May 1, 2024

Unlocking Effective Communication – Part 2

By Amie Bilson
Mental Health & Wellbeing

In my previous blog, we explored two essential concepts for successful conversations: avoiding the fool’s choice and adding to the pool of meaning. These principles, introduced in the book “Crucial Conversations,” are particularly valuable when emotions run high, stakes are significant, and opinions diverge. If you missed that blog, you can find it here:

Discovery Your Dialogue Reflexes

Becoming a better communicator starts with introspection. Take a close look at yourself and identify areas where you can improve to avoid the fool’s choice and contribute to meaningful dialogue. When you find yourself in an important conversation, pay attention to how you react. Do you withdraw and become silent? Do you manipulate the situation to achieve your desired outcome? Or perhaps you firmly stake your ground, ready for a debate?

Successful conversations require self-awareness. Recognize your communication patterns and their impact on information flow. Become aware of what you do to promote or inhibit the free flow of information. Avoid falling into the trap of believing that everything will improve if the other person changes. If your crucial conversations often end in silence, resentment, or quiet resistance, challenge yourself to break the cycle.

Identify Your Motive

Before engaging in any conversation, clarify your motives. What do you truly want from this interaction? For instance:

  • “I want to collaborate with my spouse to decide where our children will attend school. Our decision should make everyone happy.”

Skilled conversationalists keep their motives at the forefront throughout the discussion. However, emotions can escalate, and pressure may mount due to differing opinions. At such moments, we often abandon our original motive without even realizing it. Adrenaline kicks in, and our goals shift:

  • “I need to win.”
  • “I must correct the facts.”
  • “I’ll teach them a lesson.”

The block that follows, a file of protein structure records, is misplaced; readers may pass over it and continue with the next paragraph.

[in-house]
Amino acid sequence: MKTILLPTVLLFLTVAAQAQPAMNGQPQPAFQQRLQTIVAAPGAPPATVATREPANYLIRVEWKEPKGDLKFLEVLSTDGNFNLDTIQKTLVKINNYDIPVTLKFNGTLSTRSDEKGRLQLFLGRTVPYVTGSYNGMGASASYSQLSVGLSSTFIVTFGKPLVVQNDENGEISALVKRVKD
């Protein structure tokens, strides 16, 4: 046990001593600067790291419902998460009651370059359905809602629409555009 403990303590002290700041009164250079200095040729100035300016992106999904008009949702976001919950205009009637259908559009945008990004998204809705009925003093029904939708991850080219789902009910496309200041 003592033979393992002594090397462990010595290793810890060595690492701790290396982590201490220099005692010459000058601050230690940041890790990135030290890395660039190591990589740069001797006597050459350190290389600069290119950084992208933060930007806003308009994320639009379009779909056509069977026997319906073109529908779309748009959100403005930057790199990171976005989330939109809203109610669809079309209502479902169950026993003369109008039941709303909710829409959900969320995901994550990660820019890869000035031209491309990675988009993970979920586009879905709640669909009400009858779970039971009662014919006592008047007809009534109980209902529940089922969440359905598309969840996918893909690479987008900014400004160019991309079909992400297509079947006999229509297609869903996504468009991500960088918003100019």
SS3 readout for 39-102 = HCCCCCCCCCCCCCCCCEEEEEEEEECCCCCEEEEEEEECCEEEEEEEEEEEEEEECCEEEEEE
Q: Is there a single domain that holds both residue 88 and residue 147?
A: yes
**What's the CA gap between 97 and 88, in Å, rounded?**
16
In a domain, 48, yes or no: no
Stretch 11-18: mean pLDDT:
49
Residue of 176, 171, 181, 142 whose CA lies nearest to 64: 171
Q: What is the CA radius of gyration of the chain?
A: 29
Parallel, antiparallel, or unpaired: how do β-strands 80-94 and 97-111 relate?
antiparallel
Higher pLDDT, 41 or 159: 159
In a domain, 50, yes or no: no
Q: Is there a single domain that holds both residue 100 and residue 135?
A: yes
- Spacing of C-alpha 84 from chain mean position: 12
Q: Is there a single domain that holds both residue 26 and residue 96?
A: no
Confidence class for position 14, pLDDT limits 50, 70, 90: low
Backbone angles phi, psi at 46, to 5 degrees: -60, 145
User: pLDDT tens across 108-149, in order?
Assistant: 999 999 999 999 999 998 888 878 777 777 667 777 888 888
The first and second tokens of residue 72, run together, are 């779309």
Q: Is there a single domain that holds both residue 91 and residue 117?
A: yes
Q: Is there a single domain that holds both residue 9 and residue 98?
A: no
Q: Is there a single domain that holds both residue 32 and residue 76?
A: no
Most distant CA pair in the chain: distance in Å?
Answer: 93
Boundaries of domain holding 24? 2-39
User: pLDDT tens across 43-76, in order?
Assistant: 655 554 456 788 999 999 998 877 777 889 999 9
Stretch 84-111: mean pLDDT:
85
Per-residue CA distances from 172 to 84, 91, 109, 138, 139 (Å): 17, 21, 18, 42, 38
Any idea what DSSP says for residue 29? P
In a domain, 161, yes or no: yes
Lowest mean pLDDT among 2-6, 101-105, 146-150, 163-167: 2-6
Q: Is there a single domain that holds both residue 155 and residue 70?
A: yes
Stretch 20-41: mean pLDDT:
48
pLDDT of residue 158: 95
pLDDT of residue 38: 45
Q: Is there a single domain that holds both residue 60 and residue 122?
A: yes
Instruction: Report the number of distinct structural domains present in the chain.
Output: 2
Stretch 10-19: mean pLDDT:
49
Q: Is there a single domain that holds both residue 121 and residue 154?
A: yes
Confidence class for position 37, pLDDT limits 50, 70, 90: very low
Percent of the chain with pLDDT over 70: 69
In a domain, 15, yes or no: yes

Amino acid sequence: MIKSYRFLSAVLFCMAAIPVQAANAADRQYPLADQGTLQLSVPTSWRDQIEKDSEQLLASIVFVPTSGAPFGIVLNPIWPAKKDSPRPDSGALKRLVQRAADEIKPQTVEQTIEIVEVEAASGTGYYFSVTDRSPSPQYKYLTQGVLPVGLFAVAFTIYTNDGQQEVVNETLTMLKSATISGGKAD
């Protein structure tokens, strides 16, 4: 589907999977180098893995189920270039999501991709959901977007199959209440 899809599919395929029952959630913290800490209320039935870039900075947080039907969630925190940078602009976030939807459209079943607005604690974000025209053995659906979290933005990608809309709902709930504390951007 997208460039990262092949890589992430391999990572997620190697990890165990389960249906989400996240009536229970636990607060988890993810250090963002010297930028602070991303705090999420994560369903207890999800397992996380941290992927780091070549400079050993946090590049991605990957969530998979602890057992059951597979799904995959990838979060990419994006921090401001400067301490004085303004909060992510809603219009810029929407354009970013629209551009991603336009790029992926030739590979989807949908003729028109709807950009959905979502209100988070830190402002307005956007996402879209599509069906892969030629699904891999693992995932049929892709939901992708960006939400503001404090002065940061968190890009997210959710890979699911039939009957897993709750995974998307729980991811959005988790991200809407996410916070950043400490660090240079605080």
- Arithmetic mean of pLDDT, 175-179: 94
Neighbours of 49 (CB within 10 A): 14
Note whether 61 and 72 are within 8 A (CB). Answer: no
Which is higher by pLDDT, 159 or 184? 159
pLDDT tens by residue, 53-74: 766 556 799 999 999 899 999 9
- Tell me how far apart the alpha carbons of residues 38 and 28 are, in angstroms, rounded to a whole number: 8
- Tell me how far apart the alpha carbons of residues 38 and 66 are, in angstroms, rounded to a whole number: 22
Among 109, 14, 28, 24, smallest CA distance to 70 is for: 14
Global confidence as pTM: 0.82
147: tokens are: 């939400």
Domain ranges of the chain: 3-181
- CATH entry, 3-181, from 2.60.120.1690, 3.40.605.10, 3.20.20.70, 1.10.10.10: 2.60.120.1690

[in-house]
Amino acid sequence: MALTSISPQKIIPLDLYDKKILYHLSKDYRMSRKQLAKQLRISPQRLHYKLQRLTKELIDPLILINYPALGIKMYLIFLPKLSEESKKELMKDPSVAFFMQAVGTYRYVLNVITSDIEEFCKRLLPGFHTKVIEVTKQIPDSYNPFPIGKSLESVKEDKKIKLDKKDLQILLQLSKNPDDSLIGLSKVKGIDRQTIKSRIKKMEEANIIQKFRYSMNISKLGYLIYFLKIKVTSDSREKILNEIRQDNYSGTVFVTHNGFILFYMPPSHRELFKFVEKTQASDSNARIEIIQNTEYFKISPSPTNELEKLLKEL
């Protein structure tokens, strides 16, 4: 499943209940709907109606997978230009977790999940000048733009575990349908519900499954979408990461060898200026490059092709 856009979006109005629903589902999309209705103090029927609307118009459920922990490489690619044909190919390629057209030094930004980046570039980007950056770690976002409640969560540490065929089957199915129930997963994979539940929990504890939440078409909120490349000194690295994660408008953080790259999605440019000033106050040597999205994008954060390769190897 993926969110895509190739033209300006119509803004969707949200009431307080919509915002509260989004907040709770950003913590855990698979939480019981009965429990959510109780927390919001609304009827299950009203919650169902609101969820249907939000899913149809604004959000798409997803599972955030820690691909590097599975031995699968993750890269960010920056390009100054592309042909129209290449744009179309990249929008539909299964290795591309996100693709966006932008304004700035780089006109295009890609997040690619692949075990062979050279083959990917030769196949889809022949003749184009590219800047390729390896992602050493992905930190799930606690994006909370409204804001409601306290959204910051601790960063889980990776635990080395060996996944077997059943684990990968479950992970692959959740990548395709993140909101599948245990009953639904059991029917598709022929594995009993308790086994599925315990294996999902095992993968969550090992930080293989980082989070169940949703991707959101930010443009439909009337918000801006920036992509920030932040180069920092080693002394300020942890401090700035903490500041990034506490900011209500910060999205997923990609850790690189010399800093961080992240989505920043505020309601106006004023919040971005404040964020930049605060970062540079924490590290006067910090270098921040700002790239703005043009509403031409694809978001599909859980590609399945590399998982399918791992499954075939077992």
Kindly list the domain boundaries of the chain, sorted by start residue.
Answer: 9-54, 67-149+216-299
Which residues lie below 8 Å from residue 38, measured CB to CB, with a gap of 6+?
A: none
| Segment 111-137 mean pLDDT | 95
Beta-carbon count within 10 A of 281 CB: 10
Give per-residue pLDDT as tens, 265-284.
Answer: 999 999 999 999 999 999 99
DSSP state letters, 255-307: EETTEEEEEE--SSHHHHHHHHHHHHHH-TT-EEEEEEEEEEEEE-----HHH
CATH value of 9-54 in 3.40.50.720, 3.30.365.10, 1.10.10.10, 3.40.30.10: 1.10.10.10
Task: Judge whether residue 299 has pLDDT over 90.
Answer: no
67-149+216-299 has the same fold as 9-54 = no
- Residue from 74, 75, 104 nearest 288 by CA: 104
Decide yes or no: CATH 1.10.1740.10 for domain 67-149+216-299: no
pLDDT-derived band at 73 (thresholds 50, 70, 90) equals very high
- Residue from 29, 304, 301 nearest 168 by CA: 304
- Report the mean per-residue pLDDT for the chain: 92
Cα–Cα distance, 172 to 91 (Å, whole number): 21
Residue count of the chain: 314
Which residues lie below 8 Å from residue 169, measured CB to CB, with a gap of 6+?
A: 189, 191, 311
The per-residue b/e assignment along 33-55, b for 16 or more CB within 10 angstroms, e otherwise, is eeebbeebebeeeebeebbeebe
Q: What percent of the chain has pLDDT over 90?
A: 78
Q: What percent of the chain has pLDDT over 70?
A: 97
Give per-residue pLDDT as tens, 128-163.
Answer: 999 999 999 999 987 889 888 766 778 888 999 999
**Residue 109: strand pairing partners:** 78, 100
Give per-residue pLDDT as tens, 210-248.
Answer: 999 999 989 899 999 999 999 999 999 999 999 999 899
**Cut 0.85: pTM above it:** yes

Alternatively, we might take flight from the conversation—becoming quiet or avoiding conflict altogether. Unfortunately, these shifts hinder successful dialogue by preventing relevant information from entering the pool of meaning.

Stay Focused on your Goal

As mentioned earlier, preparation is key when entering a critical conversation. Take time to identify your objectives and what you hope to achieve during the interaction. Additionally, recognize what you want to avoid. Here are four essential questions to ask yourself before engaging in a crucial conversation:

  • What do I really want for myself?
    • Consider your personal goals and desired outcomes.
  • What do I really want for others?
    • Think about the well-being and needs of the other person.
  • What do I really want for this relationship?
    • Reflect on how the conversation impacts your relationship.
  • What is something I really don’t want?
    • Identify potential pitfalls or negative outcomes.

Once you’ve clarified your wants and don’t-wants, explore ways to achieve both. For instance:

  • “How can I discuss vacation plans with my spouse without dominating the conversation or letting anger take over?”
  • “Is it possible to address my neighbor’s loud music without offending them?”

This becomes your goal: balancing your desires while maintaining a constructive dialogue.

Stay on Course

During the conversation, stay attuned to your emotions. If you feel yourself becoming overly emotional, debating, or withdrawing into silence, pause and ask, “What do I really want?” This question serves as your compass. Not only does it reorient your mind, but it can also deescalate strong emotions. Challenge your brain with cognitive questions, take a deep breath, and relax your muscles. These actions will physiologically shift you out of fight-or-flight mode, resulting in the ability to think more clearly.

Remember, effective communication is a skill that can be learned. Sometimes, having a coach or supportive individual can enhance the learning process. Counseling provides valuable support as you develop new dialogue skills. If you’re working toward improving your communication abilities, feel free to reach out—I’d be happy to assist!

Written By

Amie Bilson

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